Texas Request for Border Surveillance Technology Could Restrict Resident Privacy

The Texas Department of Public Safety (DPS) is evaluating new surveillance technologies to acquire in order to monitor the border with Mexico, which has privacy implications for border residents.

DPS said it is looking for “small, rapidly deployable persistent surveillance systems” to be used on portions of the border that aren’t already covered by surveillance technologies. Companies pitched equipment such as aerostats, motion-sensing cameras, and portable cameras that can be stationed to scan far distances, according to KGBT, a CBS News affiliate in Texas.

DPS is considering deploying aerostats, helium balloons that float thousands of feet off the ground and can monitor areas within a 10- to 20-mile radius, in Starr and Hidalgo counties, although it hasn’t decided how many to buy and exactly where they’d be placed.

U.S. Customs and Border Protection has used aerostats since 1978 in Texas, South Florida, and Puerto Rico. DPS said that the additional aerostats acquired by its department will be used to patch holes between the different agencies’ jurisdictions.

DPS said that the purpose of the surveillance equipment is to track criminal activity along the border and use the real-time recordings in court. However, Texas residents who live in the area might soon be constantly watched by the new technology.

Under CBP policy, the recorded surveillance videos are stored in a database and are destroyed after 30 days. The videos can be accessed only if Border Patrol management requests them and the videos can then be shared with other law enforcement agencies.

DPS said that the safety of Texas residents outweighs the need for privacy.

CBP agents can’t enter private land that’s located more than 25 miles inland of the border without a warrant, but for residents who live less than that distance from the border, CBP agents have the right to search their property without documentation of suspicion, according to the American Civil Liberties Union of Texas.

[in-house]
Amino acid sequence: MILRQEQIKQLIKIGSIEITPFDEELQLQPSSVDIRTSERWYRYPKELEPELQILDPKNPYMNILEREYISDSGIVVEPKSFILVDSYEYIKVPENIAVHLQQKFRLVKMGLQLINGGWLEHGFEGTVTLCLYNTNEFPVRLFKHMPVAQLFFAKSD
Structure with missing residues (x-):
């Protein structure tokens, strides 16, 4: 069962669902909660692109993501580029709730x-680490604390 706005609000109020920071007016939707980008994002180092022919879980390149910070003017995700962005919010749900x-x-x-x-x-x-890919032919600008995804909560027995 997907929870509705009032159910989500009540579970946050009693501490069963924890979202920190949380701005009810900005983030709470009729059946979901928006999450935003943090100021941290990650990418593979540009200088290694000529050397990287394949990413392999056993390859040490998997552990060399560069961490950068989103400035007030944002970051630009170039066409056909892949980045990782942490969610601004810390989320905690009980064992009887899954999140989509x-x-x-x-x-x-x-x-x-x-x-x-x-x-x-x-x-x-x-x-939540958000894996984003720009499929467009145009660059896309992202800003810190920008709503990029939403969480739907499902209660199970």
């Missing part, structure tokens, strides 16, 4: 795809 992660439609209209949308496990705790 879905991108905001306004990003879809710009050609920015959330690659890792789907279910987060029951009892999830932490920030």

The aerostats that DPS is considering can see up to 20 miles from where they’re stationed. If the aerostat is positioned at the border, residents within the 20-mark will have to deal with the equivalent of the CBP agent constantly watching their property, which they’re already authorized to do. If the aerostats are stationed more than five miles inland, residents who formerly had increased privacy protections will experience warrantless surveillance.

Clarisa Christiansen, a resident of Tucson, Ariz., wrote about her experiences with Border Patrol in a blog post on the ACLU of Texas website. Christiansen said that to some border residents, Border Patrol already has too much surveillance power.

“Roving patrols are always watching us from the side of the road, and questioning and harassing people,” Christiansen wrote. “It’s like living with an occupying army.”

However, Texas DPS has the ability to institute different policies to ensure the privacy of U.S. citizens. The ACLU of Texas said that DPS should consult with residents before it deploys new surveillance technologies.

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